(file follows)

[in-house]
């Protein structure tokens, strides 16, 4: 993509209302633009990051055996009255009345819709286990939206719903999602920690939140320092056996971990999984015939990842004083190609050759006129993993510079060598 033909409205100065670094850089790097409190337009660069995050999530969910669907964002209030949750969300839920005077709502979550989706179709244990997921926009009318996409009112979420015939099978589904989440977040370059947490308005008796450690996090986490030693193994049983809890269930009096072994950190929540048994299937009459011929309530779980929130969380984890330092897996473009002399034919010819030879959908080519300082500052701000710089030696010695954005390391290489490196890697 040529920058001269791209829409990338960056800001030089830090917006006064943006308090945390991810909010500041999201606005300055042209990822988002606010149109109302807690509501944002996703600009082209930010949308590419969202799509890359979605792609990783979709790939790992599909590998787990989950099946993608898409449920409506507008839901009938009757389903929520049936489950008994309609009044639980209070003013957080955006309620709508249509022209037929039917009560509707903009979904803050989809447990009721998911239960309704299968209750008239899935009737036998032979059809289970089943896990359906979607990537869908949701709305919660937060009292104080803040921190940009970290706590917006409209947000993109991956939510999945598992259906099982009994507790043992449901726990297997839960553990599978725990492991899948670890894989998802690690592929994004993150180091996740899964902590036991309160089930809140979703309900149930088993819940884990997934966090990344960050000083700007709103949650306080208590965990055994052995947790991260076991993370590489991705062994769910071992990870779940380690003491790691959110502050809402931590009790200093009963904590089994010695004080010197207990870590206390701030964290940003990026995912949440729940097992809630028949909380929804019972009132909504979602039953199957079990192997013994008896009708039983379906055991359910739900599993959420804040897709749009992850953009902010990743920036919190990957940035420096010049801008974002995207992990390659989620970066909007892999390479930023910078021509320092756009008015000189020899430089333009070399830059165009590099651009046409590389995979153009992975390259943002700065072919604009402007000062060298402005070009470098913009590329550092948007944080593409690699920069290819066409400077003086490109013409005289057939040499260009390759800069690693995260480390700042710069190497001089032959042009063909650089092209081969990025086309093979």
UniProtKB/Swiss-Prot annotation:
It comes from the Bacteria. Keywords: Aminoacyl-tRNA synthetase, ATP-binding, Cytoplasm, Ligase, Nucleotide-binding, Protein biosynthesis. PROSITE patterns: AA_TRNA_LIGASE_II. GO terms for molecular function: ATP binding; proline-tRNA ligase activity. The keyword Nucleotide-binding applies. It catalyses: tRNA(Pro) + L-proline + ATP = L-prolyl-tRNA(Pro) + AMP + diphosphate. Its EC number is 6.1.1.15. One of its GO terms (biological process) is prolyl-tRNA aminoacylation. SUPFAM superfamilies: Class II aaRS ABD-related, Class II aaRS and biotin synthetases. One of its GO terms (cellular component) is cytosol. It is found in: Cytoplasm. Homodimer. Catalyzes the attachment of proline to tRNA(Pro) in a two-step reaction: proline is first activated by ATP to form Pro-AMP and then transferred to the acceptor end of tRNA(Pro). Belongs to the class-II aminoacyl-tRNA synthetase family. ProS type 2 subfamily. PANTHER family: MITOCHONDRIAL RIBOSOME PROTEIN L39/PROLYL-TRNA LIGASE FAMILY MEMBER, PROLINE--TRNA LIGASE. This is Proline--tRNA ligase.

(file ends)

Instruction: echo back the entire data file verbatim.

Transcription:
[in-house]
């Protein structure tokens, strides 16, 4: 993509209302633009990051055996009255009345819709286990939206719903999602920690939140320092056996971990999984015939990842004083190609050759006129993993510079060598 033909409205100065670094850089790097409190337009660069995050999530969910669907964002209030949750969300839920005077709502979550989706179709244990997921926009009318996409009112979420015939099978589904989440977040370059947490308005008796450690996090986490030693193994049983809890269930009096072994950190929540048994299937009459011929309530779980929130969380984890330092897996473009002399034919010819030879959908080519300082500052701000710089030696010695954005390391290489490196890697 040529920058001269791209829409990338960056800001030089830090917006006064943006308090945390991810909010500041999201606005300055042209990822988002606010149109109302807690509501944002996703600009082209930010949308590419969202799509890359979605792609990783979709790939790992599909590998787990989950099946993608898409449920409506507008839901009938009757389903929520049936489950008994309609009044639980209070003013957080955006309620709508249509022209037929039917009560509707903009979904803050989809447990009721998911239960309704299968209750008239899935009737036998032979059809289970089943896990359906979607990537869908949701709305919660937060009292104080803040921190940009970290706590917006409209947000993109991956939510999945598992259906099982009994507790043992449901726990297997839960553990599978725990492991899948670890894989998802690690592929994004993150180091996740899964902590036991309160089930809140979703309900149930088993819940884990997934966090990344960050000083700007709103949650306080208590965990055994052995947790991260076991993370590489991705062994769910071992990870779940380690003491790691959110502050809402931590009790200093009963904590089994010695004080010197207990870590206390701030964290940003990026995912949440729940097992809630028949909380929804019972009132909504979602039953199957079990192997013994008896009708039983379906055991359910739900599993959420804040897709749009992850953009902010990743920036919190990957940035420096010049801008974002995207992990390659989620970066909007892999390479930023910078021509320092756009008015000189020899430089333009070399830059165009590099651009046409590389995979153009992975390259943002700065072919604009402007000062060298402005070009470098913009590329550092948007944080593409690699920069290819066409400077003086490109013409005289057939040499260009390759800069690693995260480390700042710069190497001089032959042009063909650089092209081969990025086309093979």
UniProtKB/Swiss-Prot annotation:
It comes from the Bacteria. Keywords: Aminoacyl-tRNA synthetase, ATP-binding, Cytoplasm, Ligase, Nucleotide-binding, Protein biosynthesis. PROSITE patterns: AA_TRNA_LIGASE_II. GO terms for molecular function: ATP binding; proline-tRNA ligase activity. The keyword Nucleotide-binding applies. It catalyses: tRNA(Pro) + L-proline + ATP = L-prolyl-tRNA(Pro) + AMP + diphosphate. Its EC number is 6.1.1.15. One of its GO terms (biological process) is prolyl-tRNA aminoacylation. SUPFAM superfamilies: Class II aaRS ABD-related, Class II aaRS and biotin synthetases. One of its GO terms (cellular component) is cytosol. It is found in: Cytoplasm. Homodimer. Catalyzes the attachment of proline to tRNA(Pro) in a two-step reaction: proline is first activated by ATP to form Pro-AMP and then transferred to the acceptor end of tRNA(Pro). Belongs to the class-II aminoacyl-tRNA synthetase family. ProS type 2 subfamily. PANTHER family: MITOCHONDRIAL RIBOSOME PROTEIN L39/PROLYL-TRNA LIGASE FAMILY MEMBER, PROLINE--TRNA LIGASE. This is Proline--tRNA ligase.